Each of the E-Pod motors and the 15 hp outboard should be capable of moving the boat under most conditions providing a level of redundancy that was missing in the previous diesel/outdrive combination (see why not keep the diesel for more on this.) While none of them alone will be particularly powerful at moving the boat, each more than meets the minimum for maneuvering at low speeds. Each of the E-Pods is equivalent to current diesel but limited in range. The 15hp Honda is a drop of about 5 hp compared to the usable hp of the Westerbeke 27hp engine (remember outboards are rated based on hp at the prop, versus diesels which are rated before all loads are considered, like alternator, transmission and drive leg friction.)
Why is redundancy such a big issue to me?
Having read every situation that caused a loss of a boat in the SF Bay area or just about anywhere else the last few years, I can say the most common issue for coastal cruisers is losing power near shore. Typically, this while anchoring, entering or leaving a marina when the sails are down and their is little time to raise them should things go wrong.
The saddest story was about a well equipped monohull anchoring for the day in Drakes Bay. The anchor began dragging which is a common enough problem. Unfortunately, when they started motoring towards the anchor poor communication with the crew allowed the line to get tangled up in the prop which was a death sentence in this case. Before you know it, she was on the beach. Imagine that half a million dollars of boat ends up on the beach for lack of a backup or even a simple way to clear the tangle from the prop. This problem could have just as easily been caused by an impeller failure, fuel contamination, or electrical failure preventing the motor starting or fuel pump running just to name a few common problems. Funny how we spend all kinds of money on the latest GPS and entertainment systems yet give little thought to having a backup to the diesel, (even a small one) that would have saved the boat in this situation.
To help avoid this problem, I installed Shaftsharks on the E-Pods which should cut any anchor line that they encounter. This will also reduce the chance of a line entanglement ripping them out of the hull. My brother who often takes his power boat to the delta area for wake boarding and skiing had lost two seasons waiting for the outdrive to be repaired after encounters with heavy lines that caused serious damage. Since then he has switched to a Yamaha jet drive boat, twin 300hp jets... no more line problems....he is much happier except at low speeds where it is a real challenge to maneuver.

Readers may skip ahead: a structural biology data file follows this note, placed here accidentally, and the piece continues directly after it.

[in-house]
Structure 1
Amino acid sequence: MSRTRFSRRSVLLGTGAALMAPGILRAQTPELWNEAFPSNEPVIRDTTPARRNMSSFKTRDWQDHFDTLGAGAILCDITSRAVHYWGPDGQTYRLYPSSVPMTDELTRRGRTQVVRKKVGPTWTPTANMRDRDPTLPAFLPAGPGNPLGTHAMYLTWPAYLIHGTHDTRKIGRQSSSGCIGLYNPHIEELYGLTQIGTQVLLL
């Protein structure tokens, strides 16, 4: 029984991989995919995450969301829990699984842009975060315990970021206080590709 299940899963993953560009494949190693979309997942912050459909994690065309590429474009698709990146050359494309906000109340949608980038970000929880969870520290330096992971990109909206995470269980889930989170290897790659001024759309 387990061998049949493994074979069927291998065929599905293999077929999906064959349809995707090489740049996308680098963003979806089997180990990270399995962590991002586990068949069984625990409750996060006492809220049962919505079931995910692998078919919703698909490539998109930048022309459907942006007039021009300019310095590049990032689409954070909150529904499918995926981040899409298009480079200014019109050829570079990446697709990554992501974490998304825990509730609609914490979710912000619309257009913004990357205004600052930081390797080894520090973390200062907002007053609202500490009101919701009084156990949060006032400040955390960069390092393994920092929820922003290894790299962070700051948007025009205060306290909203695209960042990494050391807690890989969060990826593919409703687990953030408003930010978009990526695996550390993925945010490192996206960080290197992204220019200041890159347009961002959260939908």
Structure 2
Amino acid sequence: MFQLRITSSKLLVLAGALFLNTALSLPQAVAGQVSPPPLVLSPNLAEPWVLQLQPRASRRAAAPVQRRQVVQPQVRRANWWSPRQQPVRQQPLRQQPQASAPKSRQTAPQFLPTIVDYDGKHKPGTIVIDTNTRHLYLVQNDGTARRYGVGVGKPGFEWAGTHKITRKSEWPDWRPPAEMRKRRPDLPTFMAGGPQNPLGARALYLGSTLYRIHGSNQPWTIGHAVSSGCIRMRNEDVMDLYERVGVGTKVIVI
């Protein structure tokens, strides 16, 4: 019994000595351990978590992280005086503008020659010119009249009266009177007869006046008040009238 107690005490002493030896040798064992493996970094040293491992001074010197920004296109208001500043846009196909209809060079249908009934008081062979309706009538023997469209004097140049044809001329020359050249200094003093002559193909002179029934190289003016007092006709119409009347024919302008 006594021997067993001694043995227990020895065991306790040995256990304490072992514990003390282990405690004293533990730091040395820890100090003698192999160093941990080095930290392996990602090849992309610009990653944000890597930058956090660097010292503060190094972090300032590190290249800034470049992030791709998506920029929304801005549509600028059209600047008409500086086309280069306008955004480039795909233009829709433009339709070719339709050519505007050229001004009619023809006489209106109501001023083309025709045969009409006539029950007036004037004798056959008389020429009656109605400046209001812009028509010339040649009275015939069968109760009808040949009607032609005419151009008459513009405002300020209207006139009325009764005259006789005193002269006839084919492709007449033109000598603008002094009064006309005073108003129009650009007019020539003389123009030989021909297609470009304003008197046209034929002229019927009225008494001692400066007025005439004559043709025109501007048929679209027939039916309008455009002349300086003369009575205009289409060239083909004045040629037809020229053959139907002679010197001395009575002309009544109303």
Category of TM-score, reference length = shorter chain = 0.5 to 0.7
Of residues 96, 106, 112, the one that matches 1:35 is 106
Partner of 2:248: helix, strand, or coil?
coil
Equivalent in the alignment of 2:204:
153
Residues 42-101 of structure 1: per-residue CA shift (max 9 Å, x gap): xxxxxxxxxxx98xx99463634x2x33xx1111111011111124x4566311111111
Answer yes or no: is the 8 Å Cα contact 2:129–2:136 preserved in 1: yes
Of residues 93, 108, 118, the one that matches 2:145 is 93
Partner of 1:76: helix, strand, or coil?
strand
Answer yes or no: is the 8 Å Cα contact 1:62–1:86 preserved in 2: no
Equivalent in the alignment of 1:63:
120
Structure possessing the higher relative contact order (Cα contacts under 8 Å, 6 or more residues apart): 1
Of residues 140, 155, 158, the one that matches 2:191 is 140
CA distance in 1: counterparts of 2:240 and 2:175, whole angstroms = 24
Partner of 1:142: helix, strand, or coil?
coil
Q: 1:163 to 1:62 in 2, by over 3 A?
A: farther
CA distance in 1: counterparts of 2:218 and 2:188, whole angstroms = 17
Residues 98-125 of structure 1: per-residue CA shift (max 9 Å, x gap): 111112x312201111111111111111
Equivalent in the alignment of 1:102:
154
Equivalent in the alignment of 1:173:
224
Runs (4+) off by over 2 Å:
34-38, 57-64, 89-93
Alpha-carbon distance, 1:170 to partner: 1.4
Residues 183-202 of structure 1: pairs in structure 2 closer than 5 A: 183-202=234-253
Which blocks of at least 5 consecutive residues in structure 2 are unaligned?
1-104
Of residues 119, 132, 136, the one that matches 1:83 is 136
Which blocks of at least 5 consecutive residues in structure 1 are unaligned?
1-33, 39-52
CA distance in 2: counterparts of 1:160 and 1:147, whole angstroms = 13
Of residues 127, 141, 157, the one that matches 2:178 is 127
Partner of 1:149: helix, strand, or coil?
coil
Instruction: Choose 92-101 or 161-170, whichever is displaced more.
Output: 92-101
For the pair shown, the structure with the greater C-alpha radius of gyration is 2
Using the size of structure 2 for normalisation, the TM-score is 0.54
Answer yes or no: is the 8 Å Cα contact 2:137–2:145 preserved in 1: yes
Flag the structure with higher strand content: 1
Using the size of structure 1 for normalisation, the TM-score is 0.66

Having True Redundancy?
When you talk about redundancy, for it to be meaningful there must be no shared components (no shared fuel tanks; no shared power supply; I mean absolutely nothing.) Each E-Pod motor has its own battery bank, controller and charger; nothing shared. The 15hp Honda outboard itself has nothing shared with the E-Pods so they are all truly redundant.
The biggest weakness with the E-Pods is range, which is a common issue for both E-Pods and a type of failure similar to running out of fuel for the diesel and must be considered, but the typical situation when near shore where you need them to maneuver to keep off the beach does not require long range; just a few minutes getting in/out of the marina or resetting an anchor. Certainly they will buy you that precious time to set another anchor or raise sail (even if the batteries are nearly depleted you can push them a bit to "save the boat.")
In practice, I have found the range issue to be mush less of a concern than everyone imagines. That has to do with me primarily being a day-sailor who makes weekend trips from time to time (which I think is pretty much how 99% of boat owners who have to work for a living use their boats.)